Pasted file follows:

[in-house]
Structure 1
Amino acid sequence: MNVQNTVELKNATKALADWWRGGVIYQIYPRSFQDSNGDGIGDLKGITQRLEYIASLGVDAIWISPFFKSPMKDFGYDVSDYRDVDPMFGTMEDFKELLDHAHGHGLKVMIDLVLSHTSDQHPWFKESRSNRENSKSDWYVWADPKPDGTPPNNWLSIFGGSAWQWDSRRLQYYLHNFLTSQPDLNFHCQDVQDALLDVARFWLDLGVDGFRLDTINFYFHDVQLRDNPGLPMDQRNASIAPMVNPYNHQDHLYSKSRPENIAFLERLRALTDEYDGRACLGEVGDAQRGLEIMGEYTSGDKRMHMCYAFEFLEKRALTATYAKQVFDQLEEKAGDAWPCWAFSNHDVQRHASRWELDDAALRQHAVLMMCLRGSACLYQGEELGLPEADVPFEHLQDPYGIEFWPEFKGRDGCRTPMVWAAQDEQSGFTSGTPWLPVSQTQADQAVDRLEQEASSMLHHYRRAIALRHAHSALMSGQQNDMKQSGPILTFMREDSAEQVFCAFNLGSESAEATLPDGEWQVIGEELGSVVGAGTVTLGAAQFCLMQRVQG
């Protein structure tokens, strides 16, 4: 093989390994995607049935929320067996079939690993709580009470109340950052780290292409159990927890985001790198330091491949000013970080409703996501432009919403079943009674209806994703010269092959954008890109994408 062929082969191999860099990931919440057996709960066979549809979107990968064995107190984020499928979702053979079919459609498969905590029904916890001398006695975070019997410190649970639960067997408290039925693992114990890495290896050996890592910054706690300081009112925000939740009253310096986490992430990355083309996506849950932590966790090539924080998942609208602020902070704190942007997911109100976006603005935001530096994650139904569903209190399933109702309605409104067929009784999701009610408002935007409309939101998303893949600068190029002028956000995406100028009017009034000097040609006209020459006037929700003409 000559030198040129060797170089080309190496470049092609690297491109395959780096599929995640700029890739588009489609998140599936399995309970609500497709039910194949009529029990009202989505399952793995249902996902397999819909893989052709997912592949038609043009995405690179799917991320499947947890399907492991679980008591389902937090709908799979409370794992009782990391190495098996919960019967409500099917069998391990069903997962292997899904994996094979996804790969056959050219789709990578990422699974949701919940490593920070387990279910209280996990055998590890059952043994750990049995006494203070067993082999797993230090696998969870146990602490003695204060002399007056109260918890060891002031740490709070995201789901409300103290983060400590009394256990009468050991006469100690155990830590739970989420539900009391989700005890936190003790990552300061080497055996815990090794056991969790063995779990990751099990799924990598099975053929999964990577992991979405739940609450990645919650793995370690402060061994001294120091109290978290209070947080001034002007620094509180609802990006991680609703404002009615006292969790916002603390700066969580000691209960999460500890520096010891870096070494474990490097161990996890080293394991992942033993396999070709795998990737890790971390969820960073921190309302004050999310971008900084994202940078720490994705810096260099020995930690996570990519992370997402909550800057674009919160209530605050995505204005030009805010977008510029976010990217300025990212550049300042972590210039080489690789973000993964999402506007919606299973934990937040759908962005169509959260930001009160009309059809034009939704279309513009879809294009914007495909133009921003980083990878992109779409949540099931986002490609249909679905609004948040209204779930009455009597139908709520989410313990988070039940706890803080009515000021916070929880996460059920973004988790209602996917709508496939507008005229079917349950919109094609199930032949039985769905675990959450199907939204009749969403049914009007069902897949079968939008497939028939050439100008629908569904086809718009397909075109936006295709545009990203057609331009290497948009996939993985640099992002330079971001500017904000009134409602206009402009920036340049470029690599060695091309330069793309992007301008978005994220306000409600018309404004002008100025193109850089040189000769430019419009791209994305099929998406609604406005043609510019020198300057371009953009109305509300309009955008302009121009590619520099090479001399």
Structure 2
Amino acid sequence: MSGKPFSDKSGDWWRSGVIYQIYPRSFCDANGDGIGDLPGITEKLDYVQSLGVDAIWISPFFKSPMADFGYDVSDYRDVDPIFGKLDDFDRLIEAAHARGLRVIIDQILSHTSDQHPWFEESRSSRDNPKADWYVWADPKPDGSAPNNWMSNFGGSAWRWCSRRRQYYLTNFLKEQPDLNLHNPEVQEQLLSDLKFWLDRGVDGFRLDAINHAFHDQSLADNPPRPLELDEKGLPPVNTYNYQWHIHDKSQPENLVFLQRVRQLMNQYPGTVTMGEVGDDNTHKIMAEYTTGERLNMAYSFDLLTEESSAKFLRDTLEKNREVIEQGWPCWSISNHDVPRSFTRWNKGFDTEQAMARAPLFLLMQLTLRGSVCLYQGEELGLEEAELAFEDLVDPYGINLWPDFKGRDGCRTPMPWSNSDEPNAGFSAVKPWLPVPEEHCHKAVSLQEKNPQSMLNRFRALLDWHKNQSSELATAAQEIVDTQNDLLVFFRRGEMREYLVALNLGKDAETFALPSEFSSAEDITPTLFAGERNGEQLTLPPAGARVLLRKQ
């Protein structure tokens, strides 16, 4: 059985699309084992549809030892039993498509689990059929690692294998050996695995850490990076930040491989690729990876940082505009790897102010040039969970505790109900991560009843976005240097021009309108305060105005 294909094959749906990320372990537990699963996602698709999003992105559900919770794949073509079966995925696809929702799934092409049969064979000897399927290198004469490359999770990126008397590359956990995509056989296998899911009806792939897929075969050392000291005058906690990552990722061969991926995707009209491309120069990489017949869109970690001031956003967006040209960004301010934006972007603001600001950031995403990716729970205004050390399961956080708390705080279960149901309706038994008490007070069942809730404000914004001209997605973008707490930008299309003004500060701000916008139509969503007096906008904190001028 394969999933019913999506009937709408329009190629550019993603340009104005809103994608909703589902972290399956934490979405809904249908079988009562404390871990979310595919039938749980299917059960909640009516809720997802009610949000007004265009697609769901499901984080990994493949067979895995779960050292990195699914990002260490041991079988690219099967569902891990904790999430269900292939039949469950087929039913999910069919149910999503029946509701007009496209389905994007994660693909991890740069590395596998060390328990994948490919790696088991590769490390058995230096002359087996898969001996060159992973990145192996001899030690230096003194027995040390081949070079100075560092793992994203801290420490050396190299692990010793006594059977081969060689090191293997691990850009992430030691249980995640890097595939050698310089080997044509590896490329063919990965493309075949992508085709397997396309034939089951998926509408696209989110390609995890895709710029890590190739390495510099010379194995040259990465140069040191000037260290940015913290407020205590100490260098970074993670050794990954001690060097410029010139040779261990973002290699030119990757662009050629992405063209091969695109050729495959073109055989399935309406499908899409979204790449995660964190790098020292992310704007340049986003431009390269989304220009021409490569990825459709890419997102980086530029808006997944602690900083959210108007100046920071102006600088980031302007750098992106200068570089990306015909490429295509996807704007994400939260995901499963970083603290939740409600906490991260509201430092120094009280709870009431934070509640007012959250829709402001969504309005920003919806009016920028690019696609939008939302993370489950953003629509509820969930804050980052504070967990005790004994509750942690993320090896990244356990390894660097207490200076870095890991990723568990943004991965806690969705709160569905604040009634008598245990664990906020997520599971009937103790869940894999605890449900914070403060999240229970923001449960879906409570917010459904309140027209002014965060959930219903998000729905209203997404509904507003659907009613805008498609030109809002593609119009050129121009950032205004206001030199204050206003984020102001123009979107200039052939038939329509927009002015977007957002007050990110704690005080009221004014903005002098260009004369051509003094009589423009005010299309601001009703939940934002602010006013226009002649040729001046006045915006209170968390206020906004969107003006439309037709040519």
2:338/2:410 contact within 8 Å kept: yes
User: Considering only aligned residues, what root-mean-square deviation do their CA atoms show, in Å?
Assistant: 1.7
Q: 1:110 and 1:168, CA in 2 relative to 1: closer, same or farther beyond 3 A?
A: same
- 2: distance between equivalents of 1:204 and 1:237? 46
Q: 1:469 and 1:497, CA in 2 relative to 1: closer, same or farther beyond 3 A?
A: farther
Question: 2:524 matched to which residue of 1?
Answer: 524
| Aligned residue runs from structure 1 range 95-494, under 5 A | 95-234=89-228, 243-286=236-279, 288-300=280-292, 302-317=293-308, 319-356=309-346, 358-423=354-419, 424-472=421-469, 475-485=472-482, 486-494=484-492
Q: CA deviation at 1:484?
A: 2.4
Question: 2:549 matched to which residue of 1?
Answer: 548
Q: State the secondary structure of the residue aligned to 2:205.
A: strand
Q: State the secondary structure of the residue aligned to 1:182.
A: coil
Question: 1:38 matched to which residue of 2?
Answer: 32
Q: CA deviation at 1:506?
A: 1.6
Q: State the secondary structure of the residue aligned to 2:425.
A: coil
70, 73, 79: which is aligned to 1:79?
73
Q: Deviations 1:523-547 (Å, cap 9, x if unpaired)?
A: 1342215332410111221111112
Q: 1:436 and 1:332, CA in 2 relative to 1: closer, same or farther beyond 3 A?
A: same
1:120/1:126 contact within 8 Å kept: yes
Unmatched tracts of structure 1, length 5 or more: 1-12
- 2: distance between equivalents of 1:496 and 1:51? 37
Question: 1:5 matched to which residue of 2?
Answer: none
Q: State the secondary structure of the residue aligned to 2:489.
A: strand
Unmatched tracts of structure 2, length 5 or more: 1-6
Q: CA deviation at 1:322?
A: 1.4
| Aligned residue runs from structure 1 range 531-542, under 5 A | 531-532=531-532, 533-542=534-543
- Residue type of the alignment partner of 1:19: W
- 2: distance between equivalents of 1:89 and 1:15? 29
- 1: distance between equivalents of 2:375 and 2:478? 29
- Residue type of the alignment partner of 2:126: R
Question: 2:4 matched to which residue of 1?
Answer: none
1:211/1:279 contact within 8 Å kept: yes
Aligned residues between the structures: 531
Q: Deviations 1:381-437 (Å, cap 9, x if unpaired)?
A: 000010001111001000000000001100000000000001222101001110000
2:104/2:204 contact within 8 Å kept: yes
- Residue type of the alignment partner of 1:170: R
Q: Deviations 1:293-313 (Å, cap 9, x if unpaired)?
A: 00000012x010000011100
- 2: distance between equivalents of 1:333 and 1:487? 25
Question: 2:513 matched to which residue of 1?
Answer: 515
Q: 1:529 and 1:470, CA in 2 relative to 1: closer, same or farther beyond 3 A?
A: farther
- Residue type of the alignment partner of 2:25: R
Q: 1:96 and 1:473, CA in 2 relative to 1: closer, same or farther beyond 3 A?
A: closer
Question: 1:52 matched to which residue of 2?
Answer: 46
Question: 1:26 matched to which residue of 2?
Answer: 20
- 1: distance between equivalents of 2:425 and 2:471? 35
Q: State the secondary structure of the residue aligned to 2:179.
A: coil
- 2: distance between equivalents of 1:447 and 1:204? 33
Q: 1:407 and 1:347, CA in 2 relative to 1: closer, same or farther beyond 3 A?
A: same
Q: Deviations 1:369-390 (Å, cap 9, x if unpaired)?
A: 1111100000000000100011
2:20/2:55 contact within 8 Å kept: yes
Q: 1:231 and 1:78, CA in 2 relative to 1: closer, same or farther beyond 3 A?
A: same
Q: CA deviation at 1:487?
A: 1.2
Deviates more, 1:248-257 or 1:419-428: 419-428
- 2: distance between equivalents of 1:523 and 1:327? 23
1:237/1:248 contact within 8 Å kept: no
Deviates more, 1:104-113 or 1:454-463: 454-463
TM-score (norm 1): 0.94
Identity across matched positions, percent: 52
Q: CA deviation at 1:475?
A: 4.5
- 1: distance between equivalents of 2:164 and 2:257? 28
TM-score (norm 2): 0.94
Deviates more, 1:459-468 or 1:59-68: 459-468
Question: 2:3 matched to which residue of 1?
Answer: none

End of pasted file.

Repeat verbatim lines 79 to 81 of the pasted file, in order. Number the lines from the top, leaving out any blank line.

- 2: distance between equivalents of 1:447 and 1:204? 33
Q: 1:407 and 1:347, CA in 2 relative to 1: closer, same or farther beyond 3 A?
A: same